Reagan became First Lady of the United States in January 1981, following her husband's victory in the 1980 presidential election. Early in his first term, she was criticized largely due to her decision to replace the White House china, which had been paid for by private donations. Following years of lax formality, she decided to restore a Kennedyesque glamour to the White House, and her interest in high-end fashion garnered much attention as well as criticism. She championed recreational drug prevention causes when she founded the "Just Say No" drug awareness campaign, which was considered her major initiative as First Lady. More discussion of her role ensued following a 1988 revelation that she had consulted an astrologer to assist in planning the president's schedule after the attempted assassination of her husband in 1981. She generally had a strong influence on her husband and played a role in a few of his personnel and diplomatic decisions.

After Ronald Reagan's term as president ended, the couple returned to their home in Bel Air, Los Angeles, California. Nancy devoted most of her time to caring for her husband, who was diagnosed with Alzheimer's disease in 1994, until his death at the age of 93 on June 5, 2004. Reagan remained active within the Reagan Library and in politics, particularly in support of embryonic stem cell research, until her death from congestive heart failure at age 94 on March 6, 2016.

Omarosa Manigault Newman

Omarosa Onee Manigault Newman (; born February 5, 1974), often mononymously known as Omarosa, is an American reality television show participant, writer, and former political aide to President Donald Trump. She became widely known as a contestant on the first season of NBC's reality television series The Apprentice.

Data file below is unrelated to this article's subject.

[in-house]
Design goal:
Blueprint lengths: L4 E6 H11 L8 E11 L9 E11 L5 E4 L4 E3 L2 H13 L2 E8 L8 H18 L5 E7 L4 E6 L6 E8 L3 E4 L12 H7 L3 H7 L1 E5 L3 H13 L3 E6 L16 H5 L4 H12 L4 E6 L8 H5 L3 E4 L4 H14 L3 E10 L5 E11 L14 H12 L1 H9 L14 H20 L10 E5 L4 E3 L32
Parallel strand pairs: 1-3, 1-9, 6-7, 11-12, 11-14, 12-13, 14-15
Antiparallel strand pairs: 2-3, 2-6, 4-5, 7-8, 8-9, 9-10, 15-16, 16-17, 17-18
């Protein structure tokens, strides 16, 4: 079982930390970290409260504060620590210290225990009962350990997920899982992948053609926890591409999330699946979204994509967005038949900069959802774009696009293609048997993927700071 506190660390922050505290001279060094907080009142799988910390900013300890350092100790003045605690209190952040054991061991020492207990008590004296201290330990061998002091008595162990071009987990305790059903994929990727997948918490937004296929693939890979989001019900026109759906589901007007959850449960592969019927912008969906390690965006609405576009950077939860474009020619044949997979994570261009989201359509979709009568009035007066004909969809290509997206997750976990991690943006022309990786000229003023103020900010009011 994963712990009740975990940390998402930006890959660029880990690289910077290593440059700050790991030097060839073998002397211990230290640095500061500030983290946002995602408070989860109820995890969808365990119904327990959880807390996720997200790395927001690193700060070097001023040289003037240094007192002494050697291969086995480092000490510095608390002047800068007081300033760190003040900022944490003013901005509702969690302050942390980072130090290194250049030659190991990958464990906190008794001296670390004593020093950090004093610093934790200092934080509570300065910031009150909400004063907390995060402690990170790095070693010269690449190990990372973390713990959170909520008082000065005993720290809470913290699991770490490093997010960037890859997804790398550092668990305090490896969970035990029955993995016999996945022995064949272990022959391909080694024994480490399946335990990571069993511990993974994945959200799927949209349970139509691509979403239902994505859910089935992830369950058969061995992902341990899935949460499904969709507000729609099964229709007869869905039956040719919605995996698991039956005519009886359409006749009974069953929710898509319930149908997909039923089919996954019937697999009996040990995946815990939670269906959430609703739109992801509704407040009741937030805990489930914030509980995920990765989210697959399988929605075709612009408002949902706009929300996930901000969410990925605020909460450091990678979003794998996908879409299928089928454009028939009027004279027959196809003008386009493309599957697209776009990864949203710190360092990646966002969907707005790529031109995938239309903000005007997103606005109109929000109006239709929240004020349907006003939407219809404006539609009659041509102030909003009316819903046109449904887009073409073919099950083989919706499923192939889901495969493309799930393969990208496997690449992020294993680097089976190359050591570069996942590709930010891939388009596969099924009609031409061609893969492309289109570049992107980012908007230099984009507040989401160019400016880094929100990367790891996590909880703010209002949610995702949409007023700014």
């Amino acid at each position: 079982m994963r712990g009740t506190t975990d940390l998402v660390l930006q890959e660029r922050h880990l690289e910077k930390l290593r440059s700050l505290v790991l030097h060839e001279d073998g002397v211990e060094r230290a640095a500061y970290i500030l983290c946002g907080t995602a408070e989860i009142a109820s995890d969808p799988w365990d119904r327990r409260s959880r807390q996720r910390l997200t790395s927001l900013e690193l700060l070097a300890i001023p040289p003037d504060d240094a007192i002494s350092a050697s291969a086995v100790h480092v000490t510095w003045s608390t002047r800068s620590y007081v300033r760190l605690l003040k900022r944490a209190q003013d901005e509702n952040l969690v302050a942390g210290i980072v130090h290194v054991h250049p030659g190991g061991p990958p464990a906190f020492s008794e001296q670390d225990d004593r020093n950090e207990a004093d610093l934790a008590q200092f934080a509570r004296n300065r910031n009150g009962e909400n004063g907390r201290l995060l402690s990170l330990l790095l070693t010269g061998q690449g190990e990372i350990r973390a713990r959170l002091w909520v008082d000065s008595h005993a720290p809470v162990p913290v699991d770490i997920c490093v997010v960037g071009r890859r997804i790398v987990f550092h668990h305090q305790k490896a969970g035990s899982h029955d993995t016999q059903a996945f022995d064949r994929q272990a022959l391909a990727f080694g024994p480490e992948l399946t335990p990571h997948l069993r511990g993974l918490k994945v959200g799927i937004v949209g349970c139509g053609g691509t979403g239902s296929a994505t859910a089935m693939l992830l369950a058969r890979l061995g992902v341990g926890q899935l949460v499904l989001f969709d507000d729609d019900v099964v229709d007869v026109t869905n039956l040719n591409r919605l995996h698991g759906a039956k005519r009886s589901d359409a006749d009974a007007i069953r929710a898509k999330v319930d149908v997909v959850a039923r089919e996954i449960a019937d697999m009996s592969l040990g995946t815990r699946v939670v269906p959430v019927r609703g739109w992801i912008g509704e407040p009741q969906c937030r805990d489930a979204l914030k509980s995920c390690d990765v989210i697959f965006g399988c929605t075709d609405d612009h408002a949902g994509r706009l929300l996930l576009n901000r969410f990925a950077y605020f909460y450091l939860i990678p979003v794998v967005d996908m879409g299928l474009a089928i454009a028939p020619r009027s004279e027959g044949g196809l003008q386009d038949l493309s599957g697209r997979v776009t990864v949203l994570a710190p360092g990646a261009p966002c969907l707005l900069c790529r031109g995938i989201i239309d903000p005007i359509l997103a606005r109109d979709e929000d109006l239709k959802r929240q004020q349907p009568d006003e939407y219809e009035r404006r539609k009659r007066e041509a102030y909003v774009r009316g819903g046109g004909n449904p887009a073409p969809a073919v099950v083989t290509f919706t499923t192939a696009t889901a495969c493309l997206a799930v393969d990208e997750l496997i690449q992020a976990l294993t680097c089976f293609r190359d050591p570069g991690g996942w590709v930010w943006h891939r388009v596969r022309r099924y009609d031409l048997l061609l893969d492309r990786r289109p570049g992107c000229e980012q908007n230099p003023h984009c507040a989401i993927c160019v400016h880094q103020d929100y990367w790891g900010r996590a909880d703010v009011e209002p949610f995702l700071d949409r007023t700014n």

After becoming assistant to the president and director of communications for the Office of Public Liaison during the Trump administration in January 2017, Newman resigned the White House on December 13, 2017. Subsequently, she competed on the first season of Celebrity Big Brother, making it to the final five of the season.

In August 2018, Newman published Unhinged, detailing her tenure at the White House and criticizing Trump and his administration. Two days before the book was released, she released the first of as many as 200 secret tapes she recorded during her White House tenure. As of 25 April 2019, she has released four tapes. The first tape she released, which was secretly recorded inside the Situation Room, was described as "one of the worst White House security breaches ever," though the tape is thought not to violate the Espionage Act.

Oval Office

The Oval Office is, since 1909, the working office space of the President of the United States, located in the West Wing of the White House, Washington, D.C.

Opened in 1909, the room features three large south-facing windows behind the president's desk, and a fireplace at the north end. It has four doors: the east door opens to the Rose Garden; the west door leads to a private study and dining room; the northwest door opens onto the main corridor of the West Wing; and the northeast door opens to the office of the president's secretary.